Competitive Cities: Succeeding in the Global Economy

Competitive Cities: Succeeding in the Global Economy

Competitive Cities: Succeeding in the Global Economy

Competitive Cities: Succeeding in the Global Economy


Competitive Citites is an assessment of the way in which 'partnership', a word much used by politicians, has helped to shape the economic futures of four cities on both sides of the Atlantic - Atlanta, Toronto, Birmingham and Rotterdam.


Within one hundred yards of Harvard's John F. Kennedy School of Government there must be a dozen book stores and perhaps a thousand books on what is wrong with government. It is a shame that there aren't more books about how to fix it.

Hazel Duffy has not written another book for the 'What's Wrong' section. She has written a book for the 'How To' section. It is full of lessons and practical ideas for fixing-or at least rethinking-the way governments work in four big, complex, heavily urbanized regions of Europe and North America. This book ranks right up there with Reinventing Government in its usefulness and relevance for people who want to make change in cities. It is not, however, about making bureaucracies work more efficiently, or about restructuring or reorganizing government. It is about the strategies and processes some very different places have employed to try to make themselves both more livable and more competitive in a new global economy. Rather than 'Reinventing government', this book is more about 'Reinventing governance'.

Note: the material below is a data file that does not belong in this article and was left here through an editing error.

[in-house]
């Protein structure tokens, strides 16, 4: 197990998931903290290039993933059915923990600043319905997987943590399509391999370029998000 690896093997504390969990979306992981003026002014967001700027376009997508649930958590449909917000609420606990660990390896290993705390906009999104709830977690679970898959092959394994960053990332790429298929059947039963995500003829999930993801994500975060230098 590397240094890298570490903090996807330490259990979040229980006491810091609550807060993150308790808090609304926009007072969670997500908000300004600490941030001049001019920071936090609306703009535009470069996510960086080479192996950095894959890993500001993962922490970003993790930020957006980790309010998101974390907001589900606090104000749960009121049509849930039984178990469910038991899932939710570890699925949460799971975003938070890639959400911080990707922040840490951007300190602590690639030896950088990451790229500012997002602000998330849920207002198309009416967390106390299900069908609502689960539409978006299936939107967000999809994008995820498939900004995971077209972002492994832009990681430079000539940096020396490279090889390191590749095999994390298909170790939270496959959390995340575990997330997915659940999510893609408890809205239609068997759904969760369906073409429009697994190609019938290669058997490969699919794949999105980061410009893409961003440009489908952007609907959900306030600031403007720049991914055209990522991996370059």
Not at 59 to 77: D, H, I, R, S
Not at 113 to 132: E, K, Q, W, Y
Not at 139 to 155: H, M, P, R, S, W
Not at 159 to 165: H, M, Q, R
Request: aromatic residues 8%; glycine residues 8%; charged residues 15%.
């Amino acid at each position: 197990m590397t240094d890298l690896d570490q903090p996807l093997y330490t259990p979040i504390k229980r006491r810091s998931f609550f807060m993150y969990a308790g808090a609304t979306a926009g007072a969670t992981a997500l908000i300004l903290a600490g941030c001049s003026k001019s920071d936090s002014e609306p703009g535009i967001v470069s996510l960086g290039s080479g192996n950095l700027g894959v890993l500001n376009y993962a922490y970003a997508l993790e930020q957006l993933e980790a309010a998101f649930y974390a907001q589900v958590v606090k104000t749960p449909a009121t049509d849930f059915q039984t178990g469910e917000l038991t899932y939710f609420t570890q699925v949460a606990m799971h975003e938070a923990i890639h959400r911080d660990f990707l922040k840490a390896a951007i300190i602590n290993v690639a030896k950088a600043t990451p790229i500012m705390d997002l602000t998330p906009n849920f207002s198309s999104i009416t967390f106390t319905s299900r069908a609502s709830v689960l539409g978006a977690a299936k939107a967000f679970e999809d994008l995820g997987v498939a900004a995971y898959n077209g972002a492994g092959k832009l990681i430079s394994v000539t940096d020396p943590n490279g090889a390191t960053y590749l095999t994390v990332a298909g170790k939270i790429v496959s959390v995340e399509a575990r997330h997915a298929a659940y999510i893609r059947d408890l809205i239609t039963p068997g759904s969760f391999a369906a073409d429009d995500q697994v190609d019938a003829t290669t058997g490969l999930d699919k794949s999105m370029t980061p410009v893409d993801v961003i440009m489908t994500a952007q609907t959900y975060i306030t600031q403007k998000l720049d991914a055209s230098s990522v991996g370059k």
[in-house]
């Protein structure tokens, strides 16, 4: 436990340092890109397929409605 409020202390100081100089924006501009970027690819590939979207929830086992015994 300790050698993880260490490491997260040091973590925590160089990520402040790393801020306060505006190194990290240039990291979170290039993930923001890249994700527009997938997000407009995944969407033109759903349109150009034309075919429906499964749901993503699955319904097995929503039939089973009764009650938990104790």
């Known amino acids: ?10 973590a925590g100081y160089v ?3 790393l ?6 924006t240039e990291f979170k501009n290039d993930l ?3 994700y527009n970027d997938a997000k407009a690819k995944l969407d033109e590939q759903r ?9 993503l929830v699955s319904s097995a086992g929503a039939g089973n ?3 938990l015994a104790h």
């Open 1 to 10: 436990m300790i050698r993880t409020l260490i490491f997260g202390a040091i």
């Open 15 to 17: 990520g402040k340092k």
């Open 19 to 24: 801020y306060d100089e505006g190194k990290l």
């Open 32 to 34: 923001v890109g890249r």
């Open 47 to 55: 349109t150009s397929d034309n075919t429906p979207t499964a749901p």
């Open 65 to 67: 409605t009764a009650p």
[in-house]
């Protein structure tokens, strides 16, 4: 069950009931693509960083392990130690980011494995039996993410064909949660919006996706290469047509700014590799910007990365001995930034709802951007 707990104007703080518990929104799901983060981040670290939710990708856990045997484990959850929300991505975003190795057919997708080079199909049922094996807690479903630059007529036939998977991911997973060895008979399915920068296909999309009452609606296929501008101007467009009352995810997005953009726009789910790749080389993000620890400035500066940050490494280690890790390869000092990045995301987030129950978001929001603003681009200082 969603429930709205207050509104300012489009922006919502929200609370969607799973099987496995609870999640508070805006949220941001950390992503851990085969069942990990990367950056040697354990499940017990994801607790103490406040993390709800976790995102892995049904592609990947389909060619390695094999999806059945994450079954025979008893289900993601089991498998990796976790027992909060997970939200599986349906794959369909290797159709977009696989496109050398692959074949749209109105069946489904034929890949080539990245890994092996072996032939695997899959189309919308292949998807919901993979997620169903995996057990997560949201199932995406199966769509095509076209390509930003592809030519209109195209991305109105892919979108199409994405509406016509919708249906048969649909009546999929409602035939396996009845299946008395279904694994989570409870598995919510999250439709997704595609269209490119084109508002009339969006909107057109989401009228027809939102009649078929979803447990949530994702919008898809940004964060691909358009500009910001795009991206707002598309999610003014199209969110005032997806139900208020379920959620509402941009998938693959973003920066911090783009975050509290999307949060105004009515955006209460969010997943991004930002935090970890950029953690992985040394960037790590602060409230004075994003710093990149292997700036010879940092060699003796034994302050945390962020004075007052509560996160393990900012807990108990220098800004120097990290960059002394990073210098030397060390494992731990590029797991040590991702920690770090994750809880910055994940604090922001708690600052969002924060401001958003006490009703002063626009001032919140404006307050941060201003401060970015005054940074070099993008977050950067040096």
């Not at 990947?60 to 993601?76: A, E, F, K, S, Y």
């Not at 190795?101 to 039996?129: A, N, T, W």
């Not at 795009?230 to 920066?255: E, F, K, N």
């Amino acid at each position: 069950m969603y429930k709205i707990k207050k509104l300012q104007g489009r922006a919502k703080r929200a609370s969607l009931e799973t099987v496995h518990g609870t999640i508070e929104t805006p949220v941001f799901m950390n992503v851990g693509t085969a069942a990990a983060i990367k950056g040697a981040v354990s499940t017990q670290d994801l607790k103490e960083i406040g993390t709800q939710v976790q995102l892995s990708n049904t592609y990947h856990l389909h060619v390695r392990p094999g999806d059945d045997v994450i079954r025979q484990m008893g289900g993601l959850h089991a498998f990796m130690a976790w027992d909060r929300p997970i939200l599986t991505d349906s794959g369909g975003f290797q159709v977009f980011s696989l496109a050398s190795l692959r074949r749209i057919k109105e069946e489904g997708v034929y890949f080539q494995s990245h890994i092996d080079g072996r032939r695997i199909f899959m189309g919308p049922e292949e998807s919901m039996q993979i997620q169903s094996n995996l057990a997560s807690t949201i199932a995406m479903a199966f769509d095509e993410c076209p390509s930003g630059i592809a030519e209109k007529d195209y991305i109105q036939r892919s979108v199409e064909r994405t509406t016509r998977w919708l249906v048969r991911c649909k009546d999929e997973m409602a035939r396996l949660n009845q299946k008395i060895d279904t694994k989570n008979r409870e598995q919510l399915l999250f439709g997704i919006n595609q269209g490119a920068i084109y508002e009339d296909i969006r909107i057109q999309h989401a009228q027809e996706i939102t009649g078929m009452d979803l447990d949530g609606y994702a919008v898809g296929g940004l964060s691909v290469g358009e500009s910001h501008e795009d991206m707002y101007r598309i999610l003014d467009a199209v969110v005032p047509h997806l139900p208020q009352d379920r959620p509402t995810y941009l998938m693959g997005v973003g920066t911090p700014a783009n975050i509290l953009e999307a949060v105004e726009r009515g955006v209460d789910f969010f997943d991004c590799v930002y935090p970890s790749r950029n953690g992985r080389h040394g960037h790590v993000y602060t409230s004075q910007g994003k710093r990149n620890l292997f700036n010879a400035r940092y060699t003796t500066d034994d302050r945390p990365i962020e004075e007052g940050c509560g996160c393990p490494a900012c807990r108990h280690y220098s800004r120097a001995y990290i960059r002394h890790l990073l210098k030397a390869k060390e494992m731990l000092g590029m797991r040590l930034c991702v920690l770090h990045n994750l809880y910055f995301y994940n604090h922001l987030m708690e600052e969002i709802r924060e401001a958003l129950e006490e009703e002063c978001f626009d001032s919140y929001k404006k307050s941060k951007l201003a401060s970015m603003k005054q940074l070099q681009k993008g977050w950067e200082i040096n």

In Atlanta, a city bent on competing better internationally (while at the same time preparing to host a very large international competition!), the critical but not widely understood partnership between business and government is examined for ideas other cities must understand if they are to do more than survive. in the gritty old industrial city of Birmingham, uk, a city council's aggressive economic development strategy offers lessons Detroit, another highly stressed automobile manufacturing center, might profitably examine as it contemplates its own recovery. and in Toronto and Rotterdam, innovation in regional governance and land use planning sets a standard successful cities of the next century must meet if they are to more adequately support their diverse populations, protect their unique environments and assure their economic competitiveness. a premise of this book, therefore, is that the world's cities can learn from each other.

As a former Mayor, I know that to be true. in Seattle we worked at it. in the early eighties we started something called the Intercity Visit. Every

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